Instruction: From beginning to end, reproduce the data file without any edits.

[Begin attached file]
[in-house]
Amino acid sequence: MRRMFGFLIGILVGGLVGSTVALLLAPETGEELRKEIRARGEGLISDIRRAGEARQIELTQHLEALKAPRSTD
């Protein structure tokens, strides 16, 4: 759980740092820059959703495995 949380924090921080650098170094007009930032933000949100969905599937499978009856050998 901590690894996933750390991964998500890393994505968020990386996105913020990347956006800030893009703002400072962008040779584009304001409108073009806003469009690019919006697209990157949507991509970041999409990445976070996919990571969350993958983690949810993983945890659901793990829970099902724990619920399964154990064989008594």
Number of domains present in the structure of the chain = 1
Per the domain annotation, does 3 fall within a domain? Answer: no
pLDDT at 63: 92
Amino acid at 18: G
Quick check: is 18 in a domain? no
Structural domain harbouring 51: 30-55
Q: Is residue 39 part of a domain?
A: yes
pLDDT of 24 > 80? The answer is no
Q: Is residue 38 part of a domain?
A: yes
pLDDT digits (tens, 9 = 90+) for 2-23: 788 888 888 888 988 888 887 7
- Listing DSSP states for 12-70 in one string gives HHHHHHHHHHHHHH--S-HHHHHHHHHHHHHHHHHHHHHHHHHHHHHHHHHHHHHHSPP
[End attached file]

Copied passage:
[in-house]
Amino acid sequence: MRRMFGFLIGILVGGLVGSTVALLLAPETGEELRKEIRARGEGLISDIRRAGEARQIELTQHLEALKAPRSTD
């Protein structure tokens, strides 16, 4: 759980740092820059959703495995 949380924090921080650098170094007009930032933000949100969905599937499978009856050998 901590690894996933750390991964998500890393994505968020990386996105913020990347956006800030893009703002400072962008040779584009304001409108073009806003469009690019919006697209990157949507991509970041999409990445976070996919990571969350993958983690949810993983945890659901793990829970099902724990619920399964154990064989008594």
Number of domains present in the structure of the chain = 1
Per the domain annotation, does 3 fall within a domain? Answer: no
pLDDT at 63: 92
Amino acid at 18: G
Quick check: is 18 in a domain? no
Structural domain harbouring 51: 30-55
Q: Is residue 39 part of a domain?
A: yes
pLDDT of 24 > 80? The answer is no
Q: Is residue 38 part of a domain?
A: yes
pLDDT digits (tens, 9 = 90+) for 2-23: 788 888 888 888 988 888 887 7
- Listing DSSP states for 12-70 in one string gives HHHHHHHHHHHHHH--S-HHHHHHHHHHHHHHHHHHHHHHHHHHHHHHHHHHHHHHSPP